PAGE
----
“Most artists make art precisely because they feel some sort of absence or incoherence in their lives. It seems not simply inevitable but necessary that the art they produce in some way seek to contain or heal whatever is missing or wounded or wrongful in them,” writes Christian Wiman in an essay called “An Idea of Order.” Wiman explores often and beautifully this absence and containment in relation to form in poetry, but this particular essay has been on my mind lately because of Wiman’s focus on familiar or classic forms – the sonnet, for example – and my enduring interest in the standard pop song.
The immediate spark for this was the reissue of the Sleater-Kinney catalogue. I’d had their music on cassettes made by friends back in the day and for whatever reason never updated the band to digital. So I picked up Call the Doctor and Dig Me Out just for starters and that old sledgehammer rush was still there entirely and wonderfully intact. Yet I come here not to sing the praises of Sleater-Kinney (although that is a pleasant thing to do) but rather of the way they – and so many others – used the pop structure to heal the missing or wounded in them, and in me.
There’s a feeling, according to Wiman, that because “Our experience is fragmented and partial, therefore the forms with which we apprehend that experience must be similarly fragmented and partial.” But he then points out that “Yvor Winters termed this the ‘fallacy of imitative form,’” and says: “I believe that it’s sometimes precisely in those works that exhibit the greatest degree of formal coherence, the greatest sense of closure, that a reader may experience, and thereby more likely endure, the most intense anxiety and uncertainty.”
Using Robert Frost’s “The Most of It”1 as an illustration:
[Frost] can’t quite see the world in relation to himself, can’t avoid his suspicion that the world and the terms with which he apprehends it have nothing to do with each other. [“The Most of It”] is at once an assertion of connection with the world and a recognition of existential isolation. It straddles these two possibilities, and it does so formally . . . Stylistic roughness or overt formal distortion would have the paradoxical effect of diminishing the uncertainty and anxiety in this poem. It would seem as if life had definitively answered . . . It aims in art at a calm and coherence that its writer lacked in life.
So back to the traditional pop song. Verse chorus verse chorus bridge verse chorus. That’s the deal, forever and ever, amen.2 In response to anyone who has ever doubted its power, I present Nirvana as Exhibit A. Kurt Cobain could sing the most hurtful and hurting things, and he and Dave Grohl and Krist Novoselic could play as loud and fast as whatever, but they used the Paul McCartney playbook all the way, and all to the resounding good of Nirvana’s music. I would argue that Nirvana successfully peddled “objectionable” emotions where other equally worthy bands failed because their songs’ pop structure – their “classic” form – gave listeners a way to access music that might have been otherwise too abrasively difficult.3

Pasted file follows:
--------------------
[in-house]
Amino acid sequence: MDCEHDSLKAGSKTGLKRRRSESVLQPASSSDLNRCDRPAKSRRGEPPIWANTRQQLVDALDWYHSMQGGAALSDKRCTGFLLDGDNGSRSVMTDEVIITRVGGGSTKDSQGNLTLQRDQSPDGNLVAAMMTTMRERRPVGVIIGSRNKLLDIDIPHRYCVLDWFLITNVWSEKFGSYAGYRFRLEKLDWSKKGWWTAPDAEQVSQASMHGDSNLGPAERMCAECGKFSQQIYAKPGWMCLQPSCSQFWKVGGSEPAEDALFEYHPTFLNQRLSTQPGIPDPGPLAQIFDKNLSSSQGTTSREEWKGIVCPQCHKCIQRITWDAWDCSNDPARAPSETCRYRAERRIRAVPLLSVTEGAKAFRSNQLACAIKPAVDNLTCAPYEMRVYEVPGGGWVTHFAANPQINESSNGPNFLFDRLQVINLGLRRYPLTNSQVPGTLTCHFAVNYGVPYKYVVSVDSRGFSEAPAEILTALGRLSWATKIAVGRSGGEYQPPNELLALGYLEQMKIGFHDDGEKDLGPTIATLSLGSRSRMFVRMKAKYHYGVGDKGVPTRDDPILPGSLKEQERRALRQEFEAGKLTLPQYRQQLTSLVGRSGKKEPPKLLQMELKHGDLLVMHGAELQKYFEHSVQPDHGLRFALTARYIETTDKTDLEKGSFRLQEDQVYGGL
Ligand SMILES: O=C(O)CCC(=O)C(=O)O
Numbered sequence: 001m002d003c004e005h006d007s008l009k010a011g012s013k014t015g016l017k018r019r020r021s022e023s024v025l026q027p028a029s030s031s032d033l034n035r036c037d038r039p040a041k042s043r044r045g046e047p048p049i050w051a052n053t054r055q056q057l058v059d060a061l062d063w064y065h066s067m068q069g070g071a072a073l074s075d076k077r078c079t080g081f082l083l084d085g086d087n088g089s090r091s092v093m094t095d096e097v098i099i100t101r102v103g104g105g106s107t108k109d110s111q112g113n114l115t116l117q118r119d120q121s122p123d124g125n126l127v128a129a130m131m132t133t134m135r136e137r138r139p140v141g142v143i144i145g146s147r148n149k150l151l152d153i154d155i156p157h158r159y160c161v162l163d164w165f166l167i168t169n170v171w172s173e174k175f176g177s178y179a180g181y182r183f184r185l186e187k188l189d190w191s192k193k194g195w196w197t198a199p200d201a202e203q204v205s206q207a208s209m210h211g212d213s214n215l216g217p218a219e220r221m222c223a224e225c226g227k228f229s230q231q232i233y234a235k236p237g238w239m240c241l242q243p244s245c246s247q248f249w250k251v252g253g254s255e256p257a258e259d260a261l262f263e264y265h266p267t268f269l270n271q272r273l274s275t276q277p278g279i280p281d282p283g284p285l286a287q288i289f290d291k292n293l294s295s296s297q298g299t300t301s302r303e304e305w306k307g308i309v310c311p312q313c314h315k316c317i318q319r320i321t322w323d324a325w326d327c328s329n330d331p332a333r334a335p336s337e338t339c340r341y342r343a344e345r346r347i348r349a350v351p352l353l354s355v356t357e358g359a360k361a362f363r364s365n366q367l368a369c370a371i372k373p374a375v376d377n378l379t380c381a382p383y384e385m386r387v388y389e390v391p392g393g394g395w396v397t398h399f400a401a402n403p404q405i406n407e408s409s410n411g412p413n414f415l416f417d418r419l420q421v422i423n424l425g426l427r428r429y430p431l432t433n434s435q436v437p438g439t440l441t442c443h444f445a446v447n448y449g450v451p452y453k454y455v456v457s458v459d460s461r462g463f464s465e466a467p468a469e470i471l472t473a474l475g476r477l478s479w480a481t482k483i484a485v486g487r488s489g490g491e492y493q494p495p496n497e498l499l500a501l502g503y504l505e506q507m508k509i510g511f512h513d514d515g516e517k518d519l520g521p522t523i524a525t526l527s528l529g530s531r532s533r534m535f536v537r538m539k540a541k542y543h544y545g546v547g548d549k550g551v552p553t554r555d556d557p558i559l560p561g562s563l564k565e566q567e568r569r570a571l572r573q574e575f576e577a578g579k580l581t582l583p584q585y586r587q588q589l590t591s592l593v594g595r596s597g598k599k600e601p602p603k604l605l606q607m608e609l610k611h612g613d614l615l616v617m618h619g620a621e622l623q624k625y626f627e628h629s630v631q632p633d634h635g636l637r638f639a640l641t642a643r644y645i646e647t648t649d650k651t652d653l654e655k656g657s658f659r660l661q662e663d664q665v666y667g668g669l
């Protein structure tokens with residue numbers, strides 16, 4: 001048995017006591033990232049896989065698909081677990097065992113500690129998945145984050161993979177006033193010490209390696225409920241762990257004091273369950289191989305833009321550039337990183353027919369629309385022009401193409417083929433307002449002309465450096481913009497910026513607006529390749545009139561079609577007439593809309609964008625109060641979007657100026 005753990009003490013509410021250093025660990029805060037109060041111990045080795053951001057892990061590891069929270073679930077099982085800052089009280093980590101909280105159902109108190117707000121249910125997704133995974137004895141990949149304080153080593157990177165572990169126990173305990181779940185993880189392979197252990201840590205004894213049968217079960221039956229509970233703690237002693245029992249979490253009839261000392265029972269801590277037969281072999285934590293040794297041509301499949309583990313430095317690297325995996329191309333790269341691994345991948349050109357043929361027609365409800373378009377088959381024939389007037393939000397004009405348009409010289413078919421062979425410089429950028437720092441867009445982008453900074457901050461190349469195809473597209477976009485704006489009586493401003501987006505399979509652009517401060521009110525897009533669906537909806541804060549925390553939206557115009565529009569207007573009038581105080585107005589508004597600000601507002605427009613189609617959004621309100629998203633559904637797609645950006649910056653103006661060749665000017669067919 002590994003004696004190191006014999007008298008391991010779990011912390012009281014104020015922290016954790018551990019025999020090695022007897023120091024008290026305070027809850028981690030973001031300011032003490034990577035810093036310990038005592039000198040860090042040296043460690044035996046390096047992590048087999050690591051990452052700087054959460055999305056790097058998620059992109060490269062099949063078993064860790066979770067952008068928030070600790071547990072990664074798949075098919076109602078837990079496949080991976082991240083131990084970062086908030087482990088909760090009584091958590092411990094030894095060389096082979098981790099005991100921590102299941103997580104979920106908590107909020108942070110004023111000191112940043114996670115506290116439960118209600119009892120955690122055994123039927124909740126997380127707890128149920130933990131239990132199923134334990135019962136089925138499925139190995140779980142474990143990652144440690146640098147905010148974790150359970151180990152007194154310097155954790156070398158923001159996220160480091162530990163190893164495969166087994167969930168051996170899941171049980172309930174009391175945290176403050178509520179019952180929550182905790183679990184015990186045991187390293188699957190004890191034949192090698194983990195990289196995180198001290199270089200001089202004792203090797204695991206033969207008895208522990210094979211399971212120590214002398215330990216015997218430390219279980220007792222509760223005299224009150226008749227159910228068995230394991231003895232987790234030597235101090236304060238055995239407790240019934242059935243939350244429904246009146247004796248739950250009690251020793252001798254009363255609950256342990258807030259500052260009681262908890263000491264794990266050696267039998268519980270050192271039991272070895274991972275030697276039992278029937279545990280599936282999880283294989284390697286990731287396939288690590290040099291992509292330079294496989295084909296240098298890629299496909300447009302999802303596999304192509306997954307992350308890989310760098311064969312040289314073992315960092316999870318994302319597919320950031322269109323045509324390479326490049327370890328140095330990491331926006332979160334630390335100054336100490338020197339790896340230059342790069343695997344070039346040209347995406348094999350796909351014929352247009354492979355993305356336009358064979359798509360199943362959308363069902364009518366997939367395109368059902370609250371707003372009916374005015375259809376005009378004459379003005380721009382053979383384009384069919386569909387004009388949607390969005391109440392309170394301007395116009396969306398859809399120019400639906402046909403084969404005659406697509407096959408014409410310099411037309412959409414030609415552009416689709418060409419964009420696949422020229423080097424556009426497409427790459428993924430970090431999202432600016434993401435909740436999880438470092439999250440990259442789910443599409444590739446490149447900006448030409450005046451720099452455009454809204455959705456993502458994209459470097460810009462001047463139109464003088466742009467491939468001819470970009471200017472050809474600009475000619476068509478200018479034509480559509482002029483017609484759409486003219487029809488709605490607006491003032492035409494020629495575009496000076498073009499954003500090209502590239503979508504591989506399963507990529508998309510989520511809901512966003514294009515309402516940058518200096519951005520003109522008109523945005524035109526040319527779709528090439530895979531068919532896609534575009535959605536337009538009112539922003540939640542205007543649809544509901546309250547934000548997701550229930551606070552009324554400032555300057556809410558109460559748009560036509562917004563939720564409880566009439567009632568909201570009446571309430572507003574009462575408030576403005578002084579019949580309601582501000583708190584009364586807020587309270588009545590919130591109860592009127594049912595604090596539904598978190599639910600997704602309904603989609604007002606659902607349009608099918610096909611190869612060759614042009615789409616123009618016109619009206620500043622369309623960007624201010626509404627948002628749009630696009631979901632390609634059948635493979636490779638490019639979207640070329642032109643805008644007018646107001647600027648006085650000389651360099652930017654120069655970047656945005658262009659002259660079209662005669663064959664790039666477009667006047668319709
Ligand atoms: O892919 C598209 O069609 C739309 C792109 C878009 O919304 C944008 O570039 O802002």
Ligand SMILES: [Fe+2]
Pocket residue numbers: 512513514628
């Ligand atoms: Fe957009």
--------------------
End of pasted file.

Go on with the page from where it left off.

Which may make it sound like Nirvana made a calculated move to appeal commercially to record buyers, but I think that’s not at all the case. And it doesn’t matter all that much because the band is not remembered primarily because of the breadth of its appeal, but because of its depth. That’s because Cobain found a way to say some very painful things in a way that communicated to the careful listener that, despite the truth of the lyrics, life is not entirely pain. That we may indeed glimpse something else. I also like to think that he probably really fucking loved The Beatles.
And to riff a bit – this is what makes Cobain’s early death such a sadness: that he seemingly never got the chance to resolve these things in his own life. And also that the standard obituary is that he was angst-ridden (because it’s easy to read that on a lyric sheet), which for sure is true, but what you never hear is that he worked formally to somehow ease that angst, or at least to imply that was possible. For chrissakes, he wrote a song called “Verse Chorus Verse.”4